The Diversity of Heath Flowering Phenology– Revealing Fine Scale Patterns of Heterogeneity by High Resolution Drone Cameras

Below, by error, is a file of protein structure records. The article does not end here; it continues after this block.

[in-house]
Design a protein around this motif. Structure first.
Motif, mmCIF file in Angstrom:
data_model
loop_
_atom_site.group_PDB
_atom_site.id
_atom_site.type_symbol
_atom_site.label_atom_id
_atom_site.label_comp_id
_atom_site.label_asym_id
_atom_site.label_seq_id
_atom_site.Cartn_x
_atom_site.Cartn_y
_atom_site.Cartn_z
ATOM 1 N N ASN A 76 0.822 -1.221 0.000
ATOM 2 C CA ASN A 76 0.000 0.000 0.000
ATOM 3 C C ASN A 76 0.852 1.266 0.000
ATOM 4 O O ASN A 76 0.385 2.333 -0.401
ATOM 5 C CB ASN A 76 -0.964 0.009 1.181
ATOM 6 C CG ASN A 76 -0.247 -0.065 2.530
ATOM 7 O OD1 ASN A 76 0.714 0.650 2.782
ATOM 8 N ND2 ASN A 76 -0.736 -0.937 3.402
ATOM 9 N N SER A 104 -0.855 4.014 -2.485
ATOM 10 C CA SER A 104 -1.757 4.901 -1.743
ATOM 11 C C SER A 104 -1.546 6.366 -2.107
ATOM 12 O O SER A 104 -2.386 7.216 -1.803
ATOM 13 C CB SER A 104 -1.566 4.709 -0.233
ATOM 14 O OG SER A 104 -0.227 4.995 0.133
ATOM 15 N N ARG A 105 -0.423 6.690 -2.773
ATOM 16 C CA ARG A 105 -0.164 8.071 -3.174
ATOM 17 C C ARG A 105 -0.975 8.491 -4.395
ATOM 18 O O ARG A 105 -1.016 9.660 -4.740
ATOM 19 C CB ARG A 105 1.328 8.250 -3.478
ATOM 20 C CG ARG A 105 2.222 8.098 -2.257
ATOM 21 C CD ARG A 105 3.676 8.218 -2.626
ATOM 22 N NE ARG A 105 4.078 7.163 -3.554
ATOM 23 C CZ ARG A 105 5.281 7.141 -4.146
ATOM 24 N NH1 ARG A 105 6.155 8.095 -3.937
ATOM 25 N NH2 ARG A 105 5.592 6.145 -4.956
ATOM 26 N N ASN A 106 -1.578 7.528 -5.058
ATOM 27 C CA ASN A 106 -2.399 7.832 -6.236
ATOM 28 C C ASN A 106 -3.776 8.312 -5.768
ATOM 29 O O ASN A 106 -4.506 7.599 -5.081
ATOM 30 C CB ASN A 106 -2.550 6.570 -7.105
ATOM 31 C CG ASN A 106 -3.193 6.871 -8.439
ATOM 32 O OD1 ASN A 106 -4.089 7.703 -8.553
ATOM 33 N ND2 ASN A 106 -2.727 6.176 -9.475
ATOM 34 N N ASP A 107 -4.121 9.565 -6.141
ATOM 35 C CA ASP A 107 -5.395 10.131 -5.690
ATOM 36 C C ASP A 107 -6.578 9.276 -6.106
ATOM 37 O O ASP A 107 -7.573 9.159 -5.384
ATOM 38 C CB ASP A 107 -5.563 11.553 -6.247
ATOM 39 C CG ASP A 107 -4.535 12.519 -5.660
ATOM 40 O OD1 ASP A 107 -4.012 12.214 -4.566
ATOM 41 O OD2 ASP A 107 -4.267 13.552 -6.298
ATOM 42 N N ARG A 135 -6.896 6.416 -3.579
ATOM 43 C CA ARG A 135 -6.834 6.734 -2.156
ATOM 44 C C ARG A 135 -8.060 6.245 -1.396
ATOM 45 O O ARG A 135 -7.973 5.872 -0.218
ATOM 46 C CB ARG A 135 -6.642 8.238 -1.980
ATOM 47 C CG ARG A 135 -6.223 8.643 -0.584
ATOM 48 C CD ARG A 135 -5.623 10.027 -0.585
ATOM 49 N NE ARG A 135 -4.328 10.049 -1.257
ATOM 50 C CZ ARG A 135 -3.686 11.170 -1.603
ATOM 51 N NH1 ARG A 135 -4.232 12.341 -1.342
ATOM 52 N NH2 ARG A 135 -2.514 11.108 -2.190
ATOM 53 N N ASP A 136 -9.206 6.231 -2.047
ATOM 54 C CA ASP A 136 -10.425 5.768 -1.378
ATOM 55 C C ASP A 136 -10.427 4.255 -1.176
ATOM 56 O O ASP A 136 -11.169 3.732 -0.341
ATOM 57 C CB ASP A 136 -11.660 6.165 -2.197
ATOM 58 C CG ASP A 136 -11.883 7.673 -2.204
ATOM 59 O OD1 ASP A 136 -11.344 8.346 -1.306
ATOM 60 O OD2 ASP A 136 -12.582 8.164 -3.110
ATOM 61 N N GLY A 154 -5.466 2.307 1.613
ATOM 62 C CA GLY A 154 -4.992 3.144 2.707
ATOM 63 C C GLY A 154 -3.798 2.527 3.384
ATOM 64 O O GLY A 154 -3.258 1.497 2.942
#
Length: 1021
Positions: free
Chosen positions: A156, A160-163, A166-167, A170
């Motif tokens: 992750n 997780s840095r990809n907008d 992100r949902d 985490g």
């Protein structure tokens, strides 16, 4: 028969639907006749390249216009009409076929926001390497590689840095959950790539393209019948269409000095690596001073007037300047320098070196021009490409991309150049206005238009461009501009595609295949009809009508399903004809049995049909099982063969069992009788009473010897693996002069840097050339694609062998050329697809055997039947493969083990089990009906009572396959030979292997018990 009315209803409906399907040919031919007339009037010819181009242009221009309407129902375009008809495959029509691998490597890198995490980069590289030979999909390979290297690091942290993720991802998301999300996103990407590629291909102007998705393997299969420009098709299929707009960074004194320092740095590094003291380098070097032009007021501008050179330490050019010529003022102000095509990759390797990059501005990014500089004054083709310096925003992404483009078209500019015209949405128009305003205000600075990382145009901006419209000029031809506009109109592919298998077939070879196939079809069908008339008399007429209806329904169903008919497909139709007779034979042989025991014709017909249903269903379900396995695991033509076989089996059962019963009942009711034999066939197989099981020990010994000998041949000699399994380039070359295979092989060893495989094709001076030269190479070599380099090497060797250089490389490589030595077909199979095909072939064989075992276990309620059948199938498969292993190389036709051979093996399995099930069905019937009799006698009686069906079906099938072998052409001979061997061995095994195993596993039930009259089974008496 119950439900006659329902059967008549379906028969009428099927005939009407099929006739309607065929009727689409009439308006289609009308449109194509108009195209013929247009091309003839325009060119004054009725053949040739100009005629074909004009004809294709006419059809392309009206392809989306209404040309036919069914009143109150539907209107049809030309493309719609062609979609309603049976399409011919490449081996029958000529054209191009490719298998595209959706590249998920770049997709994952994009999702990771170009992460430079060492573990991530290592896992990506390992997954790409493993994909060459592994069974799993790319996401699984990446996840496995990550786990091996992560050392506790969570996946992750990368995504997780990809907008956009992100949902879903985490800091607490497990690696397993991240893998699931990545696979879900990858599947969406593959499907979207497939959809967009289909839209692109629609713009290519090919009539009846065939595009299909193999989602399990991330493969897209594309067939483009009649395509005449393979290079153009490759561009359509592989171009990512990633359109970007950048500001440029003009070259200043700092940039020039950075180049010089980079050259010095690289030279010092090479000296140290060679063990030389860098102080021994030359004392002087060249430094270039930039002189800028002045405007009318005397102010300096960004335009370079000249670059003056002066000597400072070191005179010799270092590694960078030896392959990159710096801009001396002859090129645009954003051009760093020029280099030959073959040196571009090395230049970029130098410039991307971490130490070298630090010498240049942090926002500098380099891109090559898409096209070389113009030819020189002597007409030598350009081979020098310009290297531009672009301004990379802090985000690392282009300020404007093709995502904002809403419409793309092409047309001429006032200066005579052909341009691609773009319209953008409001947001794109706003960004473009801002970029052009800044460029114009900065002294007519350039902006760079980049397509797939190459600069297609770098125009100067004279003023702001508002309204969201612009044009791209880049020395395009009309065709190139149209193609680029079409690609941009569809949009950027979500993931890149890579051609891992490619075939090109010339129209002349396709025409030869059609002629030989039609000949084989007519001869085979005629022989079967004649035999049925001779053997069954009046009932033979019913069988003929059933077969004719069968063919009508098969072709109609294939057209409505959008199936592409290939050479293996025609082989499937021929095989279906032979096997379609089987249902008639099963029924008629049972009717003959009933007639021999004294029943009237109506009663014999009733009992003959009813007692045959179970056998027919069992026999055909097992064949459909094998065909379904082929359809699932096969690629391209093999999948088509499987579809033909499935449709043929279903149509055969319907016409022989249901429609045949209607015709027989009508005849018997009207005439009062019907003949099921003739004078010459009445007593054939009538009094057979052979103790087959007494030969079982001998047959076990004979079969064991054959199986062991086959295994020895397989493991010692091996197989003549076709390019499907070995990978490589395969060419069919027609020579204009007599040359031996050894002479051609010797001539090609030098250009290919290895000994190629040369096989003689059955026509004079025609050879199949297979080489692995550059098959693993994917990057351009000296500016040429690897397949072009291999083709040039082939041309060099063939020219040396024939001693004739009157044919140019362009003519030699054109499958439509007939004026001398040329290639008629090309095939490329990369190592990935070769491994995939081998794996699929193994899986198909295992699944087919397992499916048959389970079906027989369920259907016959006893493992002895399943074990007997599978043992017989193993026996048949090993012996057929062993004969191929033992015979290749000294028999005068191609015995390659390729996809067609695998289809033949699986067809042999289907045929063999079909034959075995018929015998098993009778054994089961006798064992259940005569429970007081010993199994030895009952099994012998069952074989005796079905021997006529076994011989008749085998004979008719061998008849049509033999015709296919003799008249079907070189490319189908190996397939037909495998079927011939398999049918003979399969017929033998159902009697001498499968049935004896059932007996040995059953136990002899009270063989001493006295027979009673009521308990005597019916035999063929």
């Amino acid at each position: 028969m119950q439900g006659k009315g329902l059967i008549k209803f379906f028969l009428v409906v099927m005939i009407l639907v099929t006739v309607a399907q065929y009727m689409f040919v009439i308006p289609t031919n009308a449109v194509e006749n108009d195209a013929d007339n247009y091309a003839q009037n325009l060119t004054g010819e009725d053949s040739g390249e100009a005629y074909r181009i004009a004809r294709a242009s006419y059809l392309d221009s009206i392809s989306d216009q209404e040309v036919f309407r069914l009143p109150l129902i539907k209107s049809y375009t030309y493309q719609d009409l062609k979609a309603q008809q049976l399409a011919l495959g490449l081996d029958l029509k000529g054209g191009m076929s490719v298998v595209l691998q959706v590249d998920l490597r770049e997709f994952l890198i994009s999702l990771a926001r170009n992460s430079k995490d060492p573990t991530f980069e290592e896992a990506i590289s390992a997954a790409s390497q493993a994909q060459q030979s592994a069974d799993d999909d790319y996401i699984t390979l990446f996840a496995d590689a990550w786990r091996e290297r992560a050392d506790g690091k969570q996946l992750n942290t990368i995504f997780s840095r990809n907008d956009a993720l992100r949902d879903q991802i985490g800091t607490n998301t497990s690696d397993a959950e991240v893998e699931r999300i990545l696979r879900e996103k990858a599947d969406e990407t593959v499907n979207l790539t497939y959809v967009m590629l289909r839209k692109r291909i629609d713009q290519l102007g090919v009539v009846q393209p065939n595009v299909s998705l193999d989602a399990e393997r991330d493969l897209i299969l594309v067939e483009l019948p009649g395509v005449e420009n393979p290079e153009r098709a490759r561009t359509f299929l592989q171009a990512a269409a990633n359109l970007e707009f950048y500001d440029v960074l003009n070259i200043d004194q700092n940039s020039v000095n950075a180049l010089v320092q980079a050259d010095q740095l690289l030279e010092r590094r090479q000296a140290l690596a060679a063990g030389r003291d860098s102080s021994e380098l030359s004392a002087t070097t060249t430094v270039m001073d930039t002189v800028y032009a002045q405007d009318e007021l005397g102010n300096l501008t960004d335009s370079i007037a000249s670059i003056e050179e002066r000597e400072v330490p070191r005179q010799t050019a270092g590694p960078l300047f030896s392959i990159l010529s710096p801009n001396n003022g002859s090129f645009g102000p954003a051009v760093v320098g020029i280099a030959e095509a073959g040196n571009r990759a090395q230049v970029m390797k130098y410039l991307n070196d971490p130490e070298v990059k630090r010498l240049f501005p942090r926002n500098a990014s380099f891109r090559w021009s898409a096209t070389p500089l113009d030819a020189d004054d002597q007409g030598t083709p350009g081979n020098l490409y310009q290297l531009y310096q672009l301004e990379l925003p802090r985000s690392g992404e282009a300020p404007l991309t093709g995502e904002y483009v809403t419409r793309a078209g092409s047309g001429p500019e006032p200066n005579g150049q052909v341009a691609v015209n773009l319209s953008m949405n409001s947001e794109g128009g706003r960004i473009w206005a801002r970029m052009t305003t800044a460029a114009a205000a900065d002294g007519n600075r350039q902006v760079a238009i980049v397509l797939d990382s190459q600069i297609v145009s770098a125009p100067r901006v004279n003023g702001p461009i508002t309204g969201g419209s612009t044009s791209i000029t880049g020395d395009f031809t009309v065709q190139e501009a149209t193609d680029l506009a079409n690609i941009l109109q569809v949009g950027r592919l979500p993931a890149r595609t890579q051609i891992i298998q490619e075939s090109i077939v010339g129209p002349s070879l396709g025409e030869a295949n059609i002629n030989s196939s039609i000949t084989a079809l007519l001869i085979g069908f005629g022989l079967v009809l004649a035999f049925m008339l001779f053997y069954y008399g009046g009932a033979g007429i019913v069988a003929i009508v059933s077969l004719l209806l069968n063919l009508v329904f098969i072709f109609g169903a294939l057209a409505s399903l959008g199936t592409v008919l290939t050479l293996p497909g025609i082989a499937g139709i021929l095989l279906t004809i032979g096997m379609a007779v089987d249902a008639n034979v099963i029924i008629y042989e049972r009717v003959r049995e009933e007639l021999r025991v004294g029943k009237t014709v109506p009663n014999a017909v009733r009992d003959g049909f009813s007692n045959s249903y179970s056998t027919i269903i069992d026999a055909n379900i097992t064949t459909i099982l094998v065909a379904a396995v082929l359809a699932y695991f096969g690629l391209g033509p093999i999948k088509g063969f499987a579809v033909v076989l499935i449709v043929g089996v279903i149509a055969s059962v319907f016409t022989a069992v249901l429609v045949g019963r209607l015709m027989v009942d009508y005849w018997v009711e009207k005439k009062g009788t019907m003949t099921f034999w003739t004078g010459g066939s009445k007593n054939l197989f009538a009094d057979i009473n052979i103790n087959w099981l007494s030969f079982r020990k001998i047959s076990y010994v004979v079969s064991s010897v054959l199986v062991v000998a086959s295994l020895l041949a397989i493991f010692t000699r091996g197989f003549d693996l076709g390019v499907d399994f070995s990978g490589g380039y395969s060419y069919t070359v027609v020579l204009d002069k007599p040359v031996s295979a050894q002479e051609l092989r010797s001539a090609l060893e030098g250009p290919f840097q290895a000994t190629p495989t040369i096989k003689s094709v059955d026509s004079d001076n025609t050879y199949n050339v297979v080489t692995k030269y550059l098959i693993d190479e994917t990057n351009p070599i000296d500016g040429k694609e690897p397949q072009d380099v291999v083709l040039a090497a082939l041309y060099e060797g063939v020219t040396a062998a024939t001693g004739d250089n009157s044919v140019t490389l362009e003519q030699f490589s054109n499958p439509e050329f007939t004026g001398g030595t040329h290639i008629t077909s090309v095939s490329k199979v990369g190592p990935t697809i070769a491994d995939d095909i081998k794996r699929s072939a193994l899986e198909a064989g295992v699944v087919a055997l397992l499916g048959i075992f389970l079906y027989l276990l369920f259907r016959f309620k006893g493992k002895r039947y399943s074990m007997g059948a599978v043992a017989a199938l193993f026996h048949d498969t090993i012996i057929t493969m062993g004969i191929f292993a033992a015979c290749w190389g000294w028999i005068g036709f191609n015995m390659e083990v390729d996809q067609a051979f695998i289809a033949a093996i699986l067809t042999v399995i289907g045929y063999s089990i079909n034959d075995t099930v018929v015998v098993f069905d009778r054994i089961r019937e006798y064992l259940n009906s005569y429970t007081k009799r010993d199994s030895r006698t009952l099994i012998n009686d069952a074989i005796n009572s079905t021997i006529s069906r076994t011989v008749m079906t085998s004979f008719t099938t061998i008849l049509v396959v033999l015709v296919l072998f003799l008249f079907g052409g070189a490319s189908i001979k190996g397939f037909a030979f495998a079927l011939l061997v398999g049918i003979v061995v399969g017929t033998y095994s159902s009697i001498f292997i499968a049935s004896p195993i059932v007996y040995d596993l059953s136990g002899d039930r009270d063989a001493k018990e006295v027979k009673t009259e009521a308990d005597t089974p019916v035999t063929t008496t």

Unmanned aerial vehicles (UAV) open up new perspectives for the repetitive spatial monitoring of vegetation stands and possibly even for fine scale analyses of individual plants. The potentials of recent UAV camera systems for integrating high spatial resolution (< 10 cm per image pixel) and area wide mapping are undergoing research. In particular, robust algorithms are needed for a spatially explicit characterization of individual plants, their structural composition and related functional traits. Such information can be used to examine ecological interdependencies that determine habitat establishment, and in general, to evaluate the habitat quality for nature conservation purposes [1]. In our study we developed a UAV-based methodological procedure to analyse open heathland areas that are protected in the European Natura 2000 network, and therefore, need to be managed to preserve a favourable conservation status [2]. We mapped the flowering phase of regenerated dwarf shrub heath (Calluna vulgaris) stands 2 years after burning and of unmanaged old stands using a standard RGB drone camera. From the UAV imaging point cloud a digital orthophoto and a digital surface model was generated with 2 cm pixel resolution. A method was developed that extracts every individual plant on the basis of RGB-colour value classification, texture filtering and local maxima estimation on a normalized digital surface model. For every plant the maximum plant height as well as the RGB colour distribution could be extracted and related to field surveys of plant traits. On that basis, a colour model was constructed that statistically predicts the phenological heath plant status with regard to fractional cover of flowers, fruits, vegetative shoots and senescent plant components. Our study reveals that the flowering phase of Calluna vulgaris is spatially much more divers than expected. Colour models from simple RGB imagery show that phases of completely vegetative, withered, fruit and full flowering plants spatially coexist in heterogeneous alternations of individual plants, in fact, independent of growth age after burning (height < 40cm). Only unmanaged old stands (height > 40 cm) exhibit significantly lower fractions of fruit and flowers while senescence is increased. However, the high phenological diversity after fire management shows that driving factors of shoot extension and flower productions, thus, are triggered by additional mechanisms that are not affected by habitat management practice. UAV-based imagery can help to observe such effects for a more detailed evaluation of management effects. REFERENCES: 1. Neumann C, Weiss G, Schmidtlein S, Itzerott S, Lausch A, Doktor D, Brell M., 2015. Gradient-based assessment of habitat quality for spectral ecosystem monitoring. Remote Sensing. 7(3), 2871-98. 2. Habitat Directive, 1992. Council Directive 92/43/EEC of 21 May 1992 on the conservation of natural habitats and of wild fauna and flora. Official Journal of the European Union. 206, 7-50.


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